Depending on the size of your data set, evaluating all possible combinations of profiles for potential duplicates can be extremely expensive computationally. For a property with 50K profiles, there are 2.5 billion possible combinations of profiles to evaluate, at O(n2) runtime complexity. If one manages to eliminate reciprocal pairs (i.e. the n(n-1)/2 "handshake problem"), one still has nearly 1.25 billion possible combinations. A common strategy to make handling this problem more feasible is called “blocking.” In our use case, merge candidates are generated by creating a merged list of profiles from a list of all profile pairs with the same first name, combined with all profile pairs with the same last name, email, phone number, etc. This list of blocks by field results in a dramatically smaller set of data than the 1.25-2.5B mentioned above.

As a more concrete example, with a brute force approach, a customer base of 100 customers will entail 1002 operations, or 10,000 comparisons. With a blocking approach, if we have 12 matches for last name for instance, and 10 for first name, we would have 122 (last name) = 144 + 102  (first name) = 100, or 244 comparisons, …​ plus n2 comparisons for any additional fields. For a reasonable number of fields, this result renders vastly less than 10K pairs.

When performing blocking, evaluating the overall “health” of the data is mandatory. Blocking may only be used for fields that are both highly populated and have a high degree of uniqueness. At Revinate, we refer to these as coverage (the percentage of all values that are populated for a given field for all profiles) and cardinality (the ratio of unique values to the total value count for all profiles). If cardinality for a given field like phone number, for instance, is near 0, meaning nearly all values are the same, then by attempting to match on that field, we will again get nearly all possible combinations of profiles and we are right back up to 1.25-2.5 billion match candidates. On the other hand, if coverage is low, we will only match amongst a very small subset of the profiles, and therefore miss a large portion of possible matches. Without first evaluating the quality of the data, it is very easy to far exceed the original 2.5B count by a large margin, since we are running comparisons for each field in the profile. But as long as we construct a blocking scheme carefully, it is possible to greatly reduce the volume of data that needs to be processed.

To reduce block size for low-cardinality fields, it may also be effective to combine fields to build new, composite blocking features. For example, comparing a combination of “zip code + first 3 letters of last name” would likely yield more accurate results than simply comparing the zip code. The same may apply to a very common name, like first name: "John." As food for thought, here is a blocking scheme used for US Census data, below, where "^" means an intersection of two blocks (like an inner join) and "∪" means the union or concatenation of two blocks:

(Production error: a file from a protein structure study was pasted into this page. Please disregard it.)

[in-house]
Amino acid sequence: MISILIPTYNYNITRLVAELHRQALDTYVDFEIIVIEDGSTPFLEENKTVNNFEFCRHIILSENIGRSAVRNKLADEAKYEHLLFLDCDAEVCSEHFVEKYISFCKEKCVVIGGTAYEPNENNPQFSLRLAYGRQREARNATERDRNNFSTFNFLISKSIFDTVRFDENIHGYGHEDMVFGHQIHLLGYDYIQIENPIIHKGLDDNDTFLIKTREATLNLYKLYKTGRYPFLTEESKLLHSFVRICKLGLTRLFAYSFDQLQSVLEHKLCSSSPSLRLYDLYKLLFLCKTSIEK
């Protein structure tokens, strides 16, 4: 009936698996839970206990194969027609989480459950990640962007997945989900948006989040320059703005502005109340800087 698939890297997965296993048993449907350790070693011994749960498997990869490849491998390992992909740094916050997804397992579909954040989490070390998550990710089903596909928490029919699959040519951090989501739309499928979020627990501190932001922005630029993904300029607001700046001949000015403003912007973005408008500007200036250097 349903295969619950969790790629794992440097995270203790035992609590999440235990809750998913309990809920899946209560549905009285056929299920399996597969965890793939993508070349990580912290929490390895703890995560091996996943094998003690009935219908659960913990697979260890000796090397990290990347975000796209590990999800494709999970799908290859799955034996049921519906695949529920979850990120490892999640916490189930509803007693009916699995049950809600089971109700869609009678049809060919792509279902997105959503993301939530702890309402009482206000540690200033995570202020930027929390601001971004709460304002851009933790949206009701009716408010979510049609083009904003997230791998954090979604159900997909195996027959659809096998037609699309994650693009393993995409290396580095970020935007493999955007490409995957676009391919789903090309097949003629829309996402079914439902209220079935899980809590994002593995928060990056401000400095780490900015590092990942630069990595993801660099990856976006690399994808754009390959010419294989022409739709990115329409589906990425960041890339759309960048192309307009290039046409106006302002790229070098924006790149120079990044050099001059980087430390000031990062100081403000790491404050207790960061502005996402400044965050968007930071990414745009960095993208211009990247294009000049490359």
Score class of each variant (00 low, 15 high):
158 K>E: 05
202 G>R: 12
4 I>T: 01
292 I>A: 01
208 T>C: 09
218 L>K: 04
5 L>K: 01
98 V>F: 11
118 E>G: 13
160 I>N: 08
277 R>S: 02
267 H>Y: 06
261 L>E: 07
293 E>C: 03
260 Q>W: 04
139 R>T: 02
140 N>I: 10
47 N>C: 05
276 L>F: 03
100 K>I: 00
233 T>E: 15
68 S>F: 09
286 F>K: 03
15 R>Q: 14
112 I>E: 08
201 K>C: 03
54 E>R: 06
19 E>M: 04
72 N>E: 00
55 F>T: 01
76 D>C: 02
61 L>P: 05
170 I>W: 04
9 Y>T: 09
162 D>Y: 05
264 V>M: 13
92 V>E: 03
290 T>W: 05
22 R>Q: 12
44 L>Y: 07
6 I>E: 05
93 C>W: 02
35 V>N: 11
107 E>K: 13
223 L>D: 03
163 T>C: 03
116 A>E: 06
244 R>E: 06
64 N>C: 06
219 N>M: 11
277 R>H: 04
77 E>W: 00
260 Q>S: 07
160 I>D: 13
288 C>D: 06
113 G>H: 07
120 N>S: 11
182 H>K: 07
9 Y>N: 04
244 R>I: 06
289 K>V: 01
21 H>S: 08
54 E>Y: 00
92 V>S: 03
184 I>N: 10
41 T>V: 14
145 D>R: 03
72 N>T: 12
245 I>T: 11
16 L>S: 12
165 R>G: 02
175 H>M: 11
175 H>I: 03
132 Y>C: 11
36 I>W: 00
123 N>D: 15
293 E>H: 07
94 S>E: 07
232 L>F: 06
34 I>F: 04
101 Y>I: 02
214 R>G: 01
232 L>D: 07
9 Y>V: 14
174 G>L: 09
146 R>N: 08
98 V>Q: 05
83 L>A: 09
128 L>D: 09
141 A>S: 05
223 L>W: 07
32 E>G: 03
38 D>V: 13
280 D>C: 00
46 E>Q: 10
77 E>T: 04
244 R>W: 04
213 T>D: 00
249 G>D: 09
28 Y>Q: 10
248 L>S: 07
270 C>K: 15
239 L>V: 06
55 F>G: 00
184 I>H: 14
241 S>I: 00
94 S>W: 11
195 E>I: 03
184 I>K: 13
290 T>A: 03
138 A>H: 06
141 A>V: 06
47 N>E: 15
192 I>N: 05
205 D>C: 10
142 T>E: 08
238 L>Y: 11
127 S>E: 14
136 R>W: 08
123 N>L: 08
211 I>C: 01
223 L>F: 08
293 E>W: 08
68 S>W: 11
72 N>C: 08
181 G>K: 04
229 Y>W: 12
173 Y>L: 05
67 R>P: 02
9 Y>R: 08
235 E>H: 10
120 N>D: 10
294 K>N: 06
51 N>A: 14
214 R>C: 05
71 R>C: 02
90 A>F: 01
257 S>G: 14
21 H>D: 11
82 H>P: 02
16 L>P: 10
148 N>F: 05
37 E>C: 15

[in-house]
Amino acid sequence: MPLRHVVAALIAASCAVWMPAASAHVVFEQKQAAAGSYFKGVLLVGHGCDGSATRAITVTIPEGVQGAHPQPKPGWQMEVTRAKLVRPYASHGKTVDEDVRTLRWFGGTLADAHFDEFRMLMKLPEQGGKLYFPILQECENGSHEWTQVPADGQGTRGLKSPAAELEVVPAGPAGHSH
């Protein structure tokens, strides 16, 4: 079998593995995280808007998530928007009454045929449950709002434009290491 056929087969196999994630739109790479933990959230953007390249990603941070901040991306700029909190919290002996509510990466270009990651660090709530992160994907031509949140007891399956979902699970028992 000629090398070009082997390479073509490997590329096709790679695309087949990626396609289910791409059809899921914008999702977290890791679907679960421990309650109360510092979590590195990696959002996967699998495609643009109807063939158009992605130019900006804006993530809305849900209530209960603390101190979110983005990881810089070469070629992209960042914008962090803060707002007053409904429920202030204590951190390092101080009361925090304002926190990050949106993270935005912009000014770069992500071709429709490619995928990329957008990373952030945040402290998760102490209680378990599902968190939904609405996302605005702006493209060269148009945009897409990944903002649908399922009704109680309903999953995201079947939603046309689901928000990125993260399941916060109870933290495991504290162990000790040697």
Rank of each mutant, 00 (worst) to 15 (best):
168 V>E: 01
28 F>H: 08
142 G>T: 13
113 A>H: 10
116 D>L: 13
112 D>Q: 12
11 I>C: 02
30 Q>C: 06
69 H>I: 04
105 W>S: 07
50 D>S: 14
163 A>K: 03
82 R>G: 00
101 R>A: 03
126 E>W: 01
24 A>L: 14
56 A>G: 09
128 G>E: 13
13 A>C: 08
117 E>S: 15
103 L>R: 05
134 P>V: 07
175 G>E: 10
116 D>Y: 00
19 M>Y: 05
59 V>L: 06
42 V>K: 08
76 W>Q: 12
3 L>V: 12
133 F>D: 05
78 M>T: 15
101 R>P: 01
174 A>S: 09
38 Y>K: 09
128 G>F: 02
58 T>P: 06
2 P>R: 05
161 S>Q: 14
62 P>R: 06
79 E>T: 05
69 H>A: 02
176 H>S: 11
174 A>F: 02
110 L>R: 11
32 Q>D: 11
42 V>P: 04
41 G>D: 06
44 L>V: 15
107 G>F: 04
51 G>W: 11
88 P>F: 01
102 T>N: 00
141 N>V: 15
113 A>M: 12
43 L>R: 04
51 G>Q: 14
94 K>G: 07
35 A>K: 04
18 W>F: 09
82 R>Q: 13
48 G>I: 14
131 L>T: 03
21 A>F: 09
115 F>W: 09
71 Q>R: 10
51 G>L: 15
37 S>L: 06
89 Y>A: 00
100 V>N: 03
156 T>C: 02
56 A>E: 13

({token, zip} ∧ {first, surname}) ∪ ({token, phone}) ∪ ({first-3, zip} ∧ {token, day-of-birth} ∧ {token, month-of-birth}) ∪ ({token, zip} ∧ {token, house number}) ∪ ({first-3, surname} ∧ {first-3, first name})

- from "Learning Blocking Schemes for Record Linkage", Matthew Michelson & Craig A. Knoblock, 2006

Evaluating match similarity

Now that we have found potential duplicates, we need to calculate similarity features for each field in the profile pairs. After vectorizing these fields, they can be fed into a machine-learning model to help it learn. Most often, one will want to use different string comparison algorithms for different fields, depending on their type, usage, and length. For a phone number, you would probably want to check for exact match, so a simple string comparison is enough. A last name might be almost identical, so an algorithm like Levenshtein distance might make sense, which calculates the number of insertions, deletions, and replacements necessary to transform string A to string B. More advanced algorithms, with variants like Jaccard, Jaro-Winkler, Hamming distance, and others, also factor in string length in various ways to more evenly distribute output. An address, on the other hand, will likely have small variations, like “St.” versus “Street,” a missing country, or similar. Here, it makes much more sense to use an algorithm like n-gram (a.k.a. q-gram or minHash), which performs what is called shingling, a method that splits both strings into sets of small parts, typically of 2 or 3 letters, and then calculates the intersect between both sets. This blog post by R. Vogler has a very nice comparison of various string similarities and their output/distribution.

When we are finished running all of these comparisons on each field of a dataset, we have a table of numerical values, normalized to a range of 0-100 for similarity, from which we can calculate an aggregate similarity.

Note that the aggregate similarity value for a pair of profiles should not necessarily be the arithmetic mean of all field similarities, because fields like name are more important than other fields. For example, even if all the fields except name are similar, it is highly unlikely that two profiles should be merged if the names are dramatically different. The last step in creating features is feature weighting. We considered two preferred approaches:

  1. Multiply each field with a coefficient for a total sum of 1 between all weights to shift “influence” from one field to another, or

  2. Build a decision tree of sorts with a threshold for weights, so that you can give, say, 70% significance to a full name match, and use a match in any other field to tip the mean similarity across the decision border.

Now that we have numerical values for the similarity of each pair of fields and an ideal weighting scheme with which to calculate the aggregated similarity of two profiles, we have a vectorized series of features that can be used to train a machine learning model. We’ll cover this process in Part II of this blog post.